In “Land of No Tears”, the Gamma girls beat the odds and make it through the preliminary rounds in the Golden Girl award. Unfortunately there’s now a lot of heat on them, especially as the authorities are astonished to find no record of Cassy in their computer (well, there wouldn’t be as she’s an unwitting time traveller from the 20th century!). The dreaded Hive Inspector is being called in, and Perfecta is on the trail of the Gamma girls’ secret trainer.

Miss Simon – after a taste of what asthmatic Paul goes through – agrees to Marie’s request to let her have Simon Hall a year earlier because Paul is deteriorating so badly. Even so, it’s still nine months off. Will Paul last the distance?

Pam’s still stuck on the school magazine and Miss Peeble tries to help, but not very successfully. Miss Larks is definitely not under arrest, but she is on leave, and it’s linked to what Pam thinks is a blackmailer. She spots someone in Miss Larks’ apartment who could be the miscreant and gets the gang organised to catch him.

Sir Roger answers a “ghost for hire” ad. Sounds reminiscent of the old “Rent-a-ghost” strip from Buster. Tansy tries all sorts of nutty tactics to avoid “Dismal Dee” – but she’s the one who ends up dismal, because it cost her the chance of a concert ticket to see her current favourite pop group.

As well as having to fend off the cheating Syreeta and Selena, who are out to cheat her out of a disco contest (Syreeta) and netball match (Selena), Nadine now has to choose between the two events. For the first time she shows team spirit and chooses netball over disco. Stuffy Betty has had a change of heart too, and she wants to help Nadine against the two cheats.

Jinty and Penny 28 February 1981

Jinty cover 28 February 1981

  • Pam of Pond Hill (artist Bob Harvey, writer Jay Over)
  • The Ghost Dancer (artist Phil Townsend)
  • The Golden Touch (artist Peter Wilkes) – Gypsy Rose story
  • Behind the Screen – Worzel Gummidge
  • Gaye’s Gloomy Ghost (artist Hugh Thornton-Jones)
  • Tansy of Jubilee Street (artist Peter Wilkes)
  • Land of No Tears (artist Guy Peeters, writer Pat Mills)
  • No Medals for Marie (artist Phil Gascoine, writer Alison Christie)
  • Snoopa (artist Joe Collins)
  • Life’s a Ball for Nadine (artist Mario Capaldi)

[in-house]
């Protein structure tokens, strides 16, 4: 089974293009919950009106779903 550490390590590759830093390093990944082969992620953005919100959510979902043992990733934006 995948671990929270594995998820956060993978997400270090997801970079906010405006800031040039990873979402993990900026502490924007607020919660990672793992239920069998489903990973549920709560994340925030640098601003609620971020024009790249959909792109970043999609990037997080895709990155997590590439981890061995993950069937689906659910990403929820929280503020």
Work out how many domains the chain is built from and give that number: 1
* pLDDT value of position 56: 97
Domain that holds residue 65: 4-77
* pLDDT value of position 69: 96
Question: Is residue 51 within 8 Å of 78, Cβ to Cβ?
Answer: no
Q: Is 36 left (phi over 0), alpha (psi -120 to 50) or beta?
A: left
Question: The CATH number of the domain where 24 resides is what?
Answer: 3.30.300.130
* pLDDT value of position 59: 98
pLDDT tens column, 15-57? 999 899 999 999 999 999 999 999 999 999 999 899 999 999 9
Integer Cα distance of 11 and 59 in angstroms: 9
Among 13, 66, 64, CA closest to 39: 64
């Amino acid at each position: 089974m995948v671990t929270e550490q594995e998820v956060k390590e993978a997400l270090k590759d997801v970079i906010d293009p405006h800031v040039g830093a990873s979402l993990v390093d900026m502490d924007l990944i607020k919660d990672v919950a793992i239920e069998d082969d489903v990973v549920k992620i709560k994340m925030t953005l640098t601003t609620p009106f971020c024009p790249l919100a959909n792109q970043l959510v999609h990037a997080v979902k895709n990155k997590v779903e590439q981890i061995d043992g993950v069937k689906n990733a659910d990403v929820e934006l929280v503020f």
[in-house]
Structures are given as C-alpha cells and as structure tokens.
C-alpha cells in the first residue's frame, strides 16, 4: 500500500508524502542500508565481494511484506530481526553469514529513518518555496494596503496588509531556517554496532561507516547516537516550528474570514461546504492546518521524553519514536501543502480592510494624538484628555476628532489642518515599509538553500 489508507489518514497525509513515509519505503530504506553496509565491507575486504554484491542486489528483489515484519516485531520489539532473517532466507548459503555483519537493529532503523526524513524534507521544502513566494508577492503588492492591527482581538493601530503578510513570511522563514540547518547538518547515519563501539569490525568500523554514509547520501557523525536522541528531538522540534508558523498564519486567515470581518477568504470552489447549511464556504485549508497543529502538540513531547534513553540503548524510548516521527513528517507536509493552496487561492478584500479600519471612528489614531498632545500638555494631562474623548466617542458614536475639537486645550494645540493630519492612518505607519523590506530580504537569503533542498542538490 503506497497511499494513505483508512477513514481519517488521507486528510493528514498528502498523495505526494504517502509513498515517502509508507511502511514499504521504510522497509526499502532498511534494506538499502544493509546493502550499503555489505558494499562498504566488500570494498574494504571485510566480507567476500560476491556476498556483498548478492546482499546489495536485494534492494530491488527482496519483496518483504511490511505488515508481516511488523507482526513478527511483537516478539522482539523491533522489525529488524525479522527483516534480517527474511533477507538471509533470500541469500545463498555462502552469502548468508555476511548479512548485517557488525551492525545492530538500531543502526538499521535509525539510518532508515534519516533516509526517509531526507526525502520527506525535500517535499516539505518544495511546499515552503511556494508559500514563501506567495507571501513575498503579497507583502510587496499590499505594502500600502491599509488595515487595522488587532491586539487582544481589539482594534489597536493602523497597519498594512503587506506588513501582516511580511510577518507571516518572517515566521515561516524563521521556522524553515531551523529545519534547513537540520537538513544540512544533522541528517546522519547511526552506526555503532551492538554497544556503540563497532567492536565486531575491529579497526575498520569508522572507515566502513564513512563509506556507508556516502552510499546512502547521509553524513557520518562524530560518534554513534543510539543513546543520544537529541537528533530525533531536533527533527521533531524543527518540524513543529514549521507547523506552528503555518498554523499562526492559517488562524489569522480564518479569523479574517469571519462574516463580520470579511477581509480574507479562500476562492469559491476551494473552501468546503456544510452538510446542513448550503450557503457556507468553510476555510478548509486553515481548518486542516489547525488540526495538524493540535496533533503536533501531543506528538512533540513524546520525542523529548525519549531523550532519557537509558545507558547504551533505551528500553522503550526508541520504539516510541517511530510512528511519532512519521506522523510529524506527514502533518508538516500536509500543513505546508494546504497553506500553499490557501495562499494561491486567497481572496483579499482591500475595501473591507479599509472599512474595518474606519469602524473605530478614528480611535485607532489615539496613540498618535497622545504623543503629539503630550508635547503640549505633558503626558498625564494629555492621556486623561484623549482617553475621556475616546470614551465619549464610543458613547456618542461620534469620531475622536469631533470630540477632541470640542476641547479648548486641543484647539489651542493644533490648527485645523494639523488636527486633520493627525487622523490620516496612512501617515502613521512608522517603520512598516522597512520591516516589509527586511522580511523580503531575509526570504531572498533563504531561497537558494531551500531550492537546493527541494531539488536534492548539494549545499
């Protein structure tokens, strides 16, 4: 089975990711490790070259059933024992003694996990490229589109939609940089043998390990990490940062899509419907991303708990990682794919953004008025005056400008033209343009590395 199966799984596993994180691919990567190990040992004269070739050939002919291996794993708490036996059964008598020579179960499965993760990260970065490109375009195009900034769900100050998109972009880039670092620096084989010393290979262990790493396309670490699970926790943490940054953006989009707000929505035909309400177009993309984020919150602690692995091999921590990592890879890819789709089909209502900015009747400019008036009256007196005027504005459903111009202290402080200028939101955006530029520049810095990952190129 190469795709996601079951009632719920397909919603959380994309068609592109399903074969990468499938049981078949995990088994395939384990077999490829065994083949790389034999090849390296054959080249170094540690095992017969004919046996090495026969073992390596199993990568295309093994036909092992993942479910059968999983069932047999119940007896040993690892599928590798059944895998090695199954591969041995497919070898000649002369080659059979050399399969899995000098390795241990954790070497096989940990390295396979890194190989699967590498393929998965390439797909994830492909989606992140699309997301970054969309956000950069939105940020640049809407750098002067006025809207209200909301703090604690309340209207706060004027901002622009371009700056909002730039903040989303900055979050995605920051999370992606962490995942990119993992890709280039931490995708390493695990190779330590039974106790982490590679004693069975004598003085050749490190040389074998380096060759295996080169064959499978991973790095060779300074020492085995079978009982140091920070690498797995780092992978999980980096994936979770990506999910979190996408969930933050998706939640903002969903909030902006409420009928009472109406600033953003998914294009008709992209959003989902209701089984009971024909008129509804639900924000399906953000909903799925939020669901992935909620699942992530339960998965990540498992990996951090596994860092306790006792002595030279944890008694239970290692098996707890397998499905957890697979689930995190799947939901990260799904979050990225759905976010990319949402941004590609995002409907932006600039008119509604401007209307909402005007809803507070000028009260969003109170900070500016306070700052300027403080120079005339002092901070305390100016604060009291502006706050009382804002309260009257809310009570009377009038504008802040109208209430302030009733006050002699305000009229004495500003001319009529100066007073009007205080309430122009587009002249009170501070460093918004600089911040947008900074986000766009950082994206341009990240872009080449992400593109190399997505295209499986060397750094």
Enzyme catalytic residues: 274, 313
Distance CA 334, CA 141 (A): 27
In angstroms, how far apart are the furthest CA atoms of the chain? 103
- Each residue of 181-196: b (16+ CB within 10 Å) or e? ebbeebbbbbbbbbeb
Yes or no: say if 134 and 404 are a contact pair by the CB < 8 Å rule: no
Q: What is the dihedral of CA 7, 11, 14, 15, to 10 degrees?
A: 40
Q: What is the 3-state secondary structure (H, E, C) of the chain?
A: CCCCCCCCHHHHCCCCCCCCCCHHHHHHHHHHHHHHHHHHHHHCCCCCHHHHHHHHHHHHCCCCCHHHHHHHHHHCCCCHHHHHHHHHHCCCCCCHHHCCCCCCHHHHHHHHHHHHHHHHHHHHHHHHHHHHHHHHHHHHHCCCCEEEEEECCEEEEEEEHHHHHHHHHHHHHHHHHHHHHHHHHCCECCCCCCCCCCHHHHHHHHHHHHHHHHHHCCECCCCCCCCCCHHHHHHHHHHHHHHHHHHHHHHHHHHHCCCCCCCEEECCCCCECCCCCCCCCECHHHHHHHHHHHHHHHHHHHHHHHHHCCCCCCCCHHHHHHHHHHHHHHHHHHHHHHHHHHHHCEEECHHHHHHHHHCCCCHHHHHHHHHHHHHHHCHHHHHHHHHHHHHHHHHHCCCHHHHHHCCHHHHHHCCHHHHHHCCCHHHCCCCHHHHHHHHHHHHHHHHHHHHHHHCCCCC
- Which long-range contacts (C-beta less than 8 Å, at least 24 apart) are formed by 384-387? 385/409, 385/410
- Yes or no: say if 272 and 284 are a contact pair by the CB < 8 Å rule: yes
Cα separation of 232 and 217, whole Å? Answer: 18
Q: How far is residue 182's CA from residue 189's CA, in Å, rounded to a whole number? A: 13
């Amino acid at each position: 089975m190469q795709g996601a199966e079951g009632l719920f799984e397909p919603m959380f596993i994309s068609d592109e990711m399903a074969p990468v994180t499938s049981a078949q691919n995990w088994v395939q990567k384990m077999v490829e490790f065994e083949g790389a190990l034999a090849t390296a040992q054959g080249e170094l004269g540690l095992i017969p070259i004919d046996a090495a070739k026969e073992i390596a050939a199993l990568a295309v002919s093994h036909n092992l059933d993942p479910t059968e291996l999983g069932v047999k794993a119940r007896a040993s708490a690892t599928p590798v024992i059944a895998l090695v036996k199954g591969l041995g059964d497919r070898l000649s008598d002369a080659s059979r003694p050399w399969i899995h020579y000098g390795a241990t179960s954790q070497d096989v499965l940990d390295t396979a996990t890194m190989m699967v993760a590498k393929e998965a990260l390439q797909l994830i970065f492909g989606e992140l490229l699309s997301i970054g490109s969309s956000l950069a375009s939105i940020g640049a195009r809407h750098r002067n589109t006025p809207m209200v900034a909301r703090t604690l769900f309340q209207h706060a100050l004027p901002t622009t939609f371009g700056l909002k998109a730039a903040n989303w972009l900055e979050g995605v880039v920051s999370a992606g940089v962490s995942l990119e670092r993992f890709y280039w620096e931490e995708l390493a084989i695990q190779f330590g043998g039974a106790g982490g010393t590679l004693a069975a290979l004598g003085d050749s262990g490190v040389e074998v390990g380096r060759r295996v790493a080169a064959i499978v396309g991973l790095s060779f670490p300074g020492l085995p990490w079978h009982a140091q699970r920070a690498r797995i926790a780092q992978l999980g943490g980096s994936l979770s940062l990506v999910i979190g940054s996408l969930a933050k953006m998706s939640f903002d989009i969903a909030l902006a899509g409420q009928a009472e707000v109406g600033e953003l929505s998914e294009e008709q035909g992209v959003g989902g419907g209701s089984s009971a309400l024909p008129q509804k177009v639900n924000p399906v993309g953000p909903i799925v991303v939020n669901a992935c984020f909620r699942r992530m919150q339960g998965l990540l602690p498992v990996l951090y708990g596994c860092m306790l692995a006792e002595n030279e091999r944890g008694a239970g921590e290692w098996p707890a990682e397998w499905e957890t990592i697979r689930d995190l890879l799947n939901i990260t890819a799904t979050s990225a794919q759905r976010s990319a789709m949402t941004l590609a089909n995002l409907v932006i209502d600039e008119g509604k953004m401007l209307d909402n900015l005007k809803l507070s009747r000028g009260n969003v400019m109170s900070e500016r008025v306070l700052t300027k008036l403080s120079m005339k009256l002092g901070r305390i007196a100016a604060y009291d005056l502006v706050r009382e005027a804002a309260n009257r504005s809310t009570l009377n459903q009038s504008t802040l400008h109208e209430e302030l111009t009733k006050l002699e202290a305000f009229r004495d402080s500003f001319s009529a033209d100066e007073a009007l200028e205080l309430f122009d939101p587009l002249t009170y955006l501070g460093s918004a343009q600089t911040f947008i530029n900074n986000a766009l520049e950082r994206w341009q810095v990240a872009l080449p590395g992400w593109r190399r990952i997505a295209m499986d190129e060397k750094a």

There is no “Winning Ways” this issue, but we have Snoopa back. The letter column reveals another covert male Jinty reader, and this time it’s a dad. Dad let his secret slip when he suddenly asked his daughter if Roz got rid of her guardian angel and she realised he was referring to “Her Guardian Angel”. He was a bit embarrassed to be caught out in having had a sneaky peek into his daughter’s Jintys.

In the stories, Pam is still struggling to get the school newspaper together while the headmaster is nagging her about its progress. Meanwhile, the mystery about what’s bothering Miss Larks really deepens when Pam and Trace overhear her saying on the phone that she could be in trouble for aiding and abetting – and then the police actually take her away! Good grief, could she actually be under arrest?

Jolie is actually calling upon the ghost of Ferne’s mother for help with her dancing. After realising what is wrong with Jolie’s dancing, Ferne hatches a plan to help her. However, it looks like it’s going to play on the rumour Ferne accidentally started that her mother’s ghost is haunting the school. Unwise move – even if the plan does help Jolie, it is certainly going to fuel the rumour even more.

Marie snaps at Miss Simon (about time!) when she assumes Miss Simon has sent her chauffeur to keep tabs on her and make sure she wins no medals. But then she discovers that she was mistaken and the chauffeur was there for a different reason. Has she blown her chance of Simon Hall for her sick brother?

Talk about fighting fire on two fronts! Nadine discovers there are two cheating sisters (Selena and Syreeta) out to nobble her at both a disco competition and a netball match. And they are succeeding in putting a lot of nasty bruises into her legs to make her unfit for both.

Things get off to a very bad start for the Gamma girls because of the hostile spectators booing at them – who are then taken by surprise when Cassy beats the Alpha girls at the swimming event. Then there’s a shock for Cassy when she’s disqualified – but why?

This week, Tansy and Simon are revealed to be so terrified of going to the dentist that Mum and Dad resort to underhand tactics to make sure the appointment is kept. The folks tell Tansy they want her help to get Simon to the dentist – but Simon seems to be under the impression that the folks want his help to get her there…

Sir Roger conjures a potion that makes Gaye invisible, but he’s the one who ends up needing invisibility when she discovers the trick he played on her – withholding the secret to making her visible again.

It’s another recycled Strange Story, from Ireland, for Gypsy Rose this week. Sheena Murphy and her grandmother are so badly hit by crop failure that they need a crock of gold from the leprechauns. Knowing the leprechauns, even getting that wish could have a lot of impish humour attached.